Pure Magic

An Ohio cou­ple makes their long-held dream a re­al­ity by build­ing the log cabin they have en­vi­sioned since they were teens.

Log Home Living - - CONTENTS - story by Christy Heit­ger-Ewing pho­tog­ra­phy by Richard Lee

An Ohio cou­ple makes their long-held dream a re­al­ity by build­ing the log cabin they’ve en­vi­sioned since they were teens.

Grow­ing up in Pike­ton, Ohio, high school sweet­hearts Joe and Hope Brewster shared their dreams with each other. Top­ping the list was their plan to marry and erect a log cabin in the area. While Hope’s at­trac­tion to logs was purely cos­metic, Joe was en­ticed by the stur­di­ness of the struc­ture.

Fast-for­ward sev­eral years to June 2013: The love­birds bought nine acres of prop­erty and be­gan build­ing a 4,400- square-foot cabin with Ap­palachian Log Struc­tures of Ri­p­ley, West Vir­ginia. While deer-hunt­ing, Joe had al­ready scoped out the land and de­ter­mined how best to po­si­tion the home in or­der to en­joy a spec­tac­u­lar view of the val­ley.

“Our cabin sits high on a hill, so our view is as if we’re up in a tree stand,” says Joe, a floor­ing pro­duc­tion in­stall man­ager. “Ev­ery day we watch deer and wild turkey cross the fields.”

The four-bed­room, 3.5-bath home has a loft and a decked-out man cave, com­plete with a full bar, poker ta­ble, air hockey ta­ble and an ex­er­cise area. In ad­di­tion, they built a gi­ant wrap­around deck ideal for en­ter­tain­ing. Though they al­ways get com­pli­ments on the breath­tak­ing view, the thing vis­i­tors rave about most are the kitchen’s leathered gran­ite coun­ter­tops.

“When peo­ple see them in per­son, they go nuts,” says Hope, a phar­ma­cist who fell in love with both the look and feel of the ma­te­rial. “I wanted my coun­ters to have lots of char­ac­ter — swirls rather than specks, tex­ture rather than shine, color­ful rather than bland,” ex­plains Hope, who ul­ti­mately chose tan to bring out the hickory cab­i­nets with splashes of turquoise (her fa­vorite color). The tex­ture was just up her al­ley, too. “It’s smooth but with a groove in it,” she says.

A group of Amish crafts­men were in­te­gral in cre­at­ing the cabin’s cozy charm. The kitchen’s hickory cab­i­netry was hand­crafted by an Amish ar­ti­san named Allen Keim. A sec­ond Amish fel­low, Alan Crab­tree, fash­ioned the white oak cab­i­nets in the base­ment, mak­ing notches in them to hang wine glasses and bot­tles. An­other tal­ented man from the cou­ple’s Amish con­struc­tion crew cus­tom-made the base­ment bar from left­over wal­nut and cherry floor­ing.

The home, con­structed with D-shaped eastern white pine logs with an in­ter­lock­ing cor­ner and fin­ished with CTA Prod­ucts Group’s Out­last Q8 nat­u­ral oil stain, boasts gen­uine hard­wood floor­ing through­out. Wal­nut was used up­stairs and in the main liv­ing area. The breezeway, mas­ter bed­room and base­ment are cherry. “We pur­pose­fully chose dif­fer­ent types of wood to cre­ate con­trast,” ex­plains Joe.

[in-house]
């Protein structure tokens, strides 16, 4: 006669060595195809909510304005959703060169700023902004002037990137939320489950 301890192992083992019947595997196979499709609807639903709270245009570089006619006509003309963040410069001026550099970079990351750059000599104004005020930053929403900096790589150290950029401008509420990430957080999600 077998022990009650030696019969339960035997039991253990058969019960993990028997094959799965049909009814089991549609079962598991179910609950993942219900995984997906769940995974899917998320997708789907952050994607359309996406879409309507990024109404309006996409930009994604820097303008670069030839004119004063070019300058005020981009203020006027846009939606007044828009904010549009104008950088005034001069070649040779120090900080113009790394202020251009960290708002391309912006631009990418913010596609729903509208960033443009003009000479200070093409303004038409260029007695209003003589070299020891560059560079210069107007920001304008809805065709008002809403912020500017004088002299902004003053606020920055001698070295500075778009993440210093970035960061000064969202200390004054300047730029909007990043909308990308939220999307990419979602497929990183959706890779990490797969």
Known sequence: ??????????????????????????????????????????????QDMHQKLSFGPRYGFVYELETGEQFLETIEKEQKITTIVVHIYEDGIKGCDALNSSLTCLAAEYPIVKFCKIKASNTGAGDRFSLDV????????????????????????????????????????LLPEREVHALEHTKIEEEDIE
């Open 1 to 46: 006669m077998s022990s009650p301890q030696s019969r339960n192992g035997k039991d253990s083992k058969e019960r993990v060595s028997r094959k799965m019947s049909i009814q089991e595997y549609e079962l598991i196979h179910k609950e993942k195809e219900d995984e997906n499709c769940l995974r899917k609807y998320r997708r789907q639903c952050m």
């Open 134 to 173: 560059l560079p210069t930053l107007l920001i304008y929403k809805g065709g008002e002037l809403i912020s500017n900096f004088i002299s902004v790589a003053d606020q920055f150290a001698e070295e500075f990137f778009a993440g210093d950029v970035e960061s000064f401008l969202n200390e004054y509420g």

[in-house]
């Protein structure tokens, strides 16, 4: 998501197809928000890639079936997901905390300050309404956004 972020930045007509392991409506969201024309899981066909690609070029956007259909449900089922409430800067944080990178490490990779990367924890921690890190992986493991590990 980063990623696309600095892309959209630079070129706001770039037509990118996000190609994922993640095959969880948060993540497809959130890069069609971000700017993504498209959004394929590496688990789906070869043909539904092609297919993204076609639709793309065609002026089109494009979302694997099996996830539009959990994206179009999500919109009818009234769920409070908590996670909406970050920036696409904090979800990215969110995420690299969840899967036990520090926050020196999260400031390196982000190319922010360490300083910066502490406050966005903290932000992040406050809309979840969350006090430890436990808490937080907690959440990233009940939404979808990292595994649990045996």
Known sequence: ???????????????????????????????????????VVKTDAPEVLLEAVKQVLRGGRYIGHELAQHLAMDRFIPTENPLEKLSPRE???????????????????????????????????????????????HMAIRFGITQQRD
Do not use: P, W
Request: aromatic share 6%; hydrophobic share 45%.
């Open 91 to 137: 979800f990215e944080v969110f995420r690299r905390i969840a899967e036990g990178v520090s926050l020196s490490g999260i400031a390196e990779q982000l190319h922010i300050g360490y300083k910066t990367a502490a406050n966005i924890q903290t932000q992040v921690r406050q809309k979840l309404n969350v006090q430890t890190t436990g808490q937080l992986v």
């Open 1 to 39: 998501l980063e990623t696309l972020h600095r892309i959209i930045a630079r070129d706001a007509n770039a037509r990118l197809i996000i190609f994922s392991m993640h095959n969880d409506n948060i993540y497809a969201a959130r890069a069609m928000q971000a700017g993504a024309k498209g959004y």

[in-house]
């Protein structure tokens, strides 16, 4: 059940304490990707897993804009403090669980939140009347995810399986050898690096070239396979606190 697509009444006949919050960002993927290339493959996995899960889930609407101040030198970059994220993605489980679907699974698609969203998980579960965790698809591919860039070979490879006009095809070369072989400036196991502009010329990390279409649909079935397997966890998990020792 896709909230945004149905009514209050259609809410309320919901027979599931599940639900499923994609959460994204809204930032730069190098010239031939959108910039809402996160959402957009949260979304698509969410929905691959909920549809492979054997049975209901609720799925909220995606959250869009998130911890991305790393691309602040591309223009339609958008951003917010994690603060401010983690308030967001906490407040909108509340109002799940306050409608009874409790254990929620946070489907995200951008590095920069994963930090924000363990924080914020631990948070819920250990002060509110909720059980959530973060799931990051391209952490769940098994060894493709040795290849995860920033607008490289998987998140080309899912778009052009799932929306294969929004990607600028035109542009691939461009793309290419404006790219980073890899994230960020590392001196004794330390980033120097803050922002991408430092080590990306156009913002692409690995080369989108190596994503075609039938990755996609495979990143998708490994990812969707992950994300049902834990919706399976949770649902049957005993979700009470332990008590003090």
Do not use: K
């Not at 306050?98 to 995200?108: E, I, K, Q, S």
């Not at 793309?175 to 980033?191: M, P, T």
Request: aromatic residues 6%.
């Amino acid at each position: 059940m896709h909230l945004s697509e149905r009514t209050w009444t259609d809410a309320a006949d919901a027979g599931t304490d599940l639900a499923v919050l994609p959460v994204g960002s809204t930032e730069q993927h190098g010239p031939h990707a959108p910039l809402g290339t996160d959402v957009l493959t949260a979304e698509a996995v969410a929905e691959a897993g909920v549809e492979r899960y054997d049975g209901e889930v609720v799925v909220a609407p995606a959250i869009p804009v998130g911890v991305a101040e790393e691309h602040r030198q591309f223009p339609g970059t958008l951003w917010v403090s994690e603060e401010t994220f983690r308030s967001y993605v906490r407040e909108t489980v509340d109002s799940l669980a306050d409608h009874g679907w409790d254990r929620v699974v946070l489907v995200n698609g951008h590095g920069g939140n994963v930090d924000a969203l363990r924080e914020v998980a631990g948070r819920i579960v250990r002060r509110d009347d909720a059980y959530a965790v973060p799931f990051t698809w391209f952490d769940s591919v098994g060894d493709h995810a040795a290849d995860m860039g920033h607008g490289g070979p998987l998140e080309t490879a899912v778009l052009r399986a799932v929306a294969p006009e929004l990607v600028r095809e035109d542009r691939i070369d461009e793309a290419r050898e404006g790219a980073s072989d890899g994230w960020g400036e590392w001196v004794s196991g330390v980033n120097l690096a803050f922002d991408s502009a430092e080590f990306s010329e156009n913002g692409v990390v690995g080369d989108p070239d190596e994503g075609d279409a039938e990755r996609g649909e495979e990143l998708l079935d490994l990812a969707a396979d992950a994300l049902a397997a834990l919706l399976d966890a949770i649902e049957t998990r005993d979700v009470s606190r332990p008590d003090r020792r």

Given that the mas­ter bath­room is rich with wood, to help break up the room a bit the cou­ple in­stalled earthy brown, red and or­ange dry-stack stone by Dutch Qual­ity Stone on the wall be­hind the tub.

“We rocked the wood around the door­way into the kitchen and the back­splash in the kitchen, so we fig­ured why not do the same in the bath­room?” Hope ex­plains.

For the fire­place, again they turned to Dutch Qual­ity Stone’s prod­uct, “Si­enna Cas­tle,” a look

sim­i­lar to lime­stone with beau­ti­ful muted earth tones.

The cou­ple’s two chil­dren — Grant, 4 and Cade, 2 — weren’t for­got­ten in the in­te­rior de­sign process. Since Grant likes fish­ing, hunt­ing and camp­ing, Hope thought it would be fun to in­cor­po­rate a tent into his bed­room’s de­sign. Her mom, Carol, a cre­ative spirit, ran with it and fash­ioned a canopy tent above the up­per por­tion of the bed.

“She made it ten times bet­ter than any­thing I could have en­vi­sioned,” says Hope.

And that’s quite a tes­ta­ment, when you con­sider that this mag­i­cal log home is the re­al­iza­tion of years of plan­ning, dream­ing and vi­sions of the fu­ture.

Set on nine acres of wooded coun­try­side, the Brew­sters’ home is ad­ja­cent to 130 acres of sur­round­ing land that Hope’s dad owns. The cou­ple pur­chased 50 acres of con­nect­ing farm­land so that they could raise cat­tle on the prop­erty.

LEFT: The Brew­sters wanted to in­cor­po­rate pops of color into the home — par­tic­u­larly turquoise, Hope’s fa­vorite. They in­stalled an is­land, painted slate blue, then chose Spec­trus leathered gran­ite coun­ter­tops, which in­fuse both shades of tan and splashes of turquoise into the tex­tured, swirled pat­tern. ABOVE: The din­ing room of­fers gor­geous views of the rolling land­scape and abun­dant wildlife that reg­u­larly me­an­der the prop­erty. Note the in­tri­cate ceil­ing.

LEFT, CLOCK­WISE: The red tent-themed bed was in­spired by Hope and Joe’s el­dest son’s love of the out­doors. Their 4-yearold avid fish­er­man/hunter/cam­per en­joys pre­tend­ing to snooze be­neath the stars.

While se­lect­ing fur­nish­ings, the cou­ple stum­bled upon an old poker ta­ble at an auc­tion, which they snatched up and re­fur­bished — a per­fect ad­di­tion to the tongue-and-groove clad man cave.

Though the Brew­sters chose to steer clear of the pop­u­lar “bear and moose” mo­tif, they were not op­posed to in­fus­ing some loghome stand­bys, in­clud­ing tro­phy mounts, over­sized rus­tic bar­rels and weath­ered an­tique signs.

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